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Offseason Outlook: Miami Heat

Guaranteed Contracts


Non-Guaranteed Contracts

Free Agents (Cap Holds)

Draft Picks

  • 1st Round (27th overall)

Cap Outlook

  • Guaranteed Salary: $77,356,681
  • Non-Guaranteed Salary (including options), Cap Holds: $4,671,699
  • Total (not including draft picks): $82,028,380

The Heat’s cap situation heading into the offseason isn’t unlike that of the Lakers. Both teams have three huge contracts surrounded by a handful of arguably overpriced complementary players. Both teams are not just over the cap, but well over the luxury tax line as well, with 2012/13 cap figures in the high-seventies. Unlike the Lakers though, the Heat have made the last two NBA Finals, and don’t necessarily have to make a big move this summer to reach that next level.

Of course, if the Heat fall short again in the Finals this year, the calls for Miami to move one of its Big Three will grow louder. LeBron James is untouchable, but there’s a case to be made that trading Dwyane Wade or Chris Bosh for an impact player at the point or in the middle could give the Heat a stronger, more balanced roster.

Win or lose against the Thunder though, I just can’t see Miami seriously considering such a drastic move. We’re only two years removed from The Decision, and while anything short of championships may be considered a disappointment for this squad, making back-to-back Finals is a pretty remarkable feat for a roster that hadn’t played together before 2010. You could make the case that the Heat should have won a year ago against the Mavericks, and they’re certainly not massive underdogs against Oklahoma City. Blowing up the roster and having to spend another year adjusting to key new additions seems too premature and reactionary for it to be a real possibility. Particularly when LeBron James, Dwyane Wade, and Chris Bosh agreed to take below-max deals to play together.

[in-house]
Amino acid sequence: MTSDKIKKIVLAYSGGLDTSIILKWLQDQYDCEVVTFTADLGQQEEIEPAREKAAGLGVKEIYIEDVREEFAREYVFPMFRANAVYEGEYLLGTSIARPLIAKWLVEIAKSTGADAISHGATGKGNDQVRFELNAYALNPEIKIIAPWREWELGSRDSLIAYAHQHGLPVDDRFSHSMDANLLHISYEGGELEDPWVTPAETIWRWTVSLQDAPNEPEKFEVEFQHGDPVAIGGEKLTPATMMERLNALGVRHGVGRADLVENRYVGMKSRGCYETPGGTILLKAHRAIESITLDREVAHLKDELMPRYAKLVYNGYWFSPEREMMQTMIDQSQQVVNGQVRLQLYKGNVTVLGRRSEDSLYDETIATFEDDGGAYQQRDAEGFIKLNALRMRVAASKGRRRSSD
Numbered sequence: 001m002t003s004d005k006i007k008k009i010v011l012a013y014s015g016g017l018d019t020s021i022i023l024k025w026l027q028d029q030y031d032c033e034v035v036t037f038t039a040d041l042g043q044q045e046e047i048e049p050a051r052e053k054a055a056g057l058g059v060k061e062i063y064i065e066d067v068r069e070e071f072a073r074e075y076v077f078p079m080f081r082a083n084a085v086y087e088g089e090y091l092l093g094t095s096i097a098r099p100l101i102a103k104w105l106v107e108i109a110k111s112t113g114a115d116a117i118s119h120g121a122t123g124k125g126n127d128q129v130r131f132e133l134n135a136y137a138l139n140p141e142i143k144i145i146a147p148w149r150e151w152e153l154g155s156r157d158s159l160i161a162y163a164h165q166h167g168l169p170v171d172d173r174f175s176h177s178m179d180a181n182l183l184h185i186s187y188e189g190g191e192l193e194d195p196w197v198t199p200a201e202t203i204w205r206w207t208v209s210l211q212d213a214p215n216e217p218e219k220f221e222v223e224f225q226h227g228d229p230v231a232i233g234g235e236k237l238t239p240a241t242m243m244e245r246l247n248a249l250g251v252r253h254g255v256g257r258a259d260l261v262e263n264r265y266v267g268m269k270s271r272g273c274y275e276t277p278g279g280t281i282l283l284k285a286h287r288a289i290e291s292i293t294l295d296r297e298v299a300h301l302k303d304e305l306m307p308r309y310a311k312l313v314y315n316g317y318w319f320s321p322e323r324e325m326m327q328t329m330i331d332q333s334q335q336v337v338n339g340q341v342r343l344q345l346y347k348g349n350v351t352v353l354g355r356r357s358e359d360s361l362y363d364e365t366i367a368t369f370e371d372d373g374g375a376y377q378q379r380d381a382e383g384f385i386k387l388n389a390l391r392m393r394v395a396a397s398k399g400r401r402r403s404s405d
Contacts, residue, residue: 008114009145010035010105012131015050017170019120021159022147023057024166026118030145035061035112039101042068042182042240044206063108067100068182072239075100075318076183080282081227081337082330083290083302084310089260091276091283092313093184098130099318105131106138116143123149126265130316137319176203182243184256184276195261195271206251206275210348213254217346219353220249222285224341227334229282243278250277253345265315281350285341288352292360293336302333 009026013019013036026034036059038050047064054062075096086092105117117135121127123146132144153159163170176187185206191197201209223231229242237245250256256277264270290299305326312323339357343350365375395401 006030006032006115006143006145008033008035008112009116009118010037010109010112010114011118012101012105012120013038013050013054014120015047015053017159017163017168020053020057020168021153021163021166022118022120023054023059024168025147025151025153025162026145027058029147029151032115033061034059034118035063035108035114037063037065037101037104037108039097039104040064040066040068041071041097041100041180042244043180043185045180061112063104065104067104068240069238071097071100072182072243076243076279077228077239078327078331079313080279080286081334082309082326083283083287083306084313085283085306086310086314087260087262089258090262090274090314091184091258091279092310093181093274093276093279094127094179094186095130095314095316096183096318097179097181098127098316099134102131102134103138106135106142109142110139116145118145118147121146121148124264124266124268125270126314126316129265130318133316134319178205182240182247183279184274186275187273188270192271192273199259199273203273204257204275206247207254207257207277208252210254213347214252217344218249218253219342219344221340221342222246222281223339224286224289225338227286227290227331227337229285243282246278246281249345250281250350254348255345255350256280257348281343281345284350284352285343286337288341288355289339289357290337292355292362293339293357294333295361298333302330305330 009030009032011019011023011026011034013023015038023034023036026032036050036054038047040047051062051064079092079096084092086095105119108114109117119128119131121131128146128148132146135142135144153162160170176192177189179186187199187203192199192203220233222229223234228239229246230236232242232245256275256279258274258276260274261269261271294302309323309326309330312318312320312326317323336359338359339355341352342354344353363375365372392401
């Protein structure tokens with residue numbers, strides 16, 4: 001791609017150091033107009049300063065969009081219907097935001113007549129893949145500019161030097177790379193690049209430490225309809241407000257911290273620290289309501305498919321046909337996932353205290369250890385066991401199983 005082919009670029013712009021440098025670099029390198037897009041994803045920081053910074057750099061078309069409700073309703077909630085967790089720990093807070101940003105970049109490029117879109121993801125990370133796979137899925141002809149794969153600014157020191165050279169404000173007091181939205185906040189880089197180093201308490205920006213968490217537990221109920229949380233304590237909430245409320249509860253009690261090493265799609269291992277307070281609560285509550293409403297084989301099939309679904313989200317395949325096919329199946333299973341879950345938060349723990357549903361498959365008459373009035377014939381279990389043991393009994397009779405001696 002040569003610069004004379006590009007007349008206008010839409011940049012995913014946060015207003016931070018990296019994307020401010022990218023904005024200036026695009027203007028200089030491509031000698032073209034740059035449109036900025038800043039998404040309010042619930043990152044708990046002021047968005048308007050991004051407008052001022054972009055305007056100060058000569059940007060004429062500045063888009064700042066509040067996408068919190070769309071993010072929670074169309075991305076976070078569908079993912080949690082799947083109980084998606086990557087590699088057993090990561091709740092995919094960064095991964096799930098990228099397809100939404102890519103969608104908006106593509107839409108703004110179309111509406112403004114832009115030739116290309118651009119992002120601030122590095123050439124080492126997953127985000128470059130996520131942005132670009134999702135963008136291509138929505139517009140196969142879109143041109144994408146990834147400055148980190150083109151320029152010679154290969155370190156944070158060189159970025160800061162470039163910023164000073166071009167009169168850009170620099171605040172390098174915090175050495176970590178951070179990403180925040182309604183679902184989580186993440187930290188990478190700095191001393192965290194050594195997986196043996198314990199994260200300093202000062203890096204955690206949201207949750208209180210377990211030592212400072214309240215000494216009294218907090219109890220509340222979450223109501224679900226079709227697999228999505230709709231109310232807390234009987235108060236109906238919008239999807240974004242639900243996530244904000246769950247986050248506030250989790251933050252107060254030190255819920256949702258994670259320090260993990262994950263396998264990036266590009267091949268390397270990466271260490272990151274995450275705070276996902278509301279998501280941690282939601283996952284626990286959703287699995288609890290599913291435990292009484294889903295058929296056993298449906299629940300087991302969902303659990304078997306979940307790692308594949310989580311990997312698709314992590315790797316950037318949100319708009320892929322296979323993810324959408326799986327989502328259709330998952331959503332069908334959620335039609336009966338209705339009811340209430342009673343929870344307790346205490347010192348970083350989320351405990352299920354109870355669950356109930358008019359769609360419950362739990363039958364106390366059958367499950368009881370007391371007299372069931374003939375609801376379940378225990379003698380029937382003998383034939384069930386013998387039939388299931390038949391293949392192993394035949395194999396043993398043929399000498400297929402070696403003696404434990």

If no blockbuster trades are on the horizon in Miami, the offseason could turn out to be fairly dull. The team still has its amnesty clause, but even using it on someone like Mike Miller wouldn’t clear enough salary to matter — it would only reduce the Heat’s tax payment.

The Heat do have a late first-round draft pick, and given how 2011 28th overall pick Norris Cole found his way into the rotation this season, it’s reasonable to expect the team to use the 27th pick on a player that could contribute immediately. This draft class isn’t quite deep enough that an impact point guard or center will be available that late, but a senior like Draymond Green, who’s Chad Ford has Miami selecting in his most recent mock, is an example of a player who could step in right away.

If the Heat hope to find an upgrade at point guard or center, free agency is their best bet, but their resources will be limited. As a taxpaying team, Miami will only have the $3MM mid-level exception at its disposal, along with minimum-salary contracts. There’s a chance that a veteran who wants to chase a title alongside James, Wade, and Bosh would sign a discounted deal for that MLE. But top options on the market, such as Steve Nash, Goran Dragic, or Chris Kaman aren’t likely fits. Perhaps the Heat could kick the tires on guys like Raymond Felton, Jason Kidd, Kirk Hinrich, and Derek Fisher at the point. Aaron Gray, Chris Wilcox, Jermaine O’Neal, Ian Mahinmi, and Greg Oden highlight the list of potential center targets.

Whether or not the Heat top the Thunder in the 2012 Finals, Miami has shown it has a roster talented enough to perenially contend for the title. If the club falls short this year and again in 2012/13, it could be time to start talking about a franchise-altering trade, but for now, it makes sense to stay the course, making minor additions via free agency and the draft.

Storytellers Contracts and Sham Sports were used in the creation of this post.


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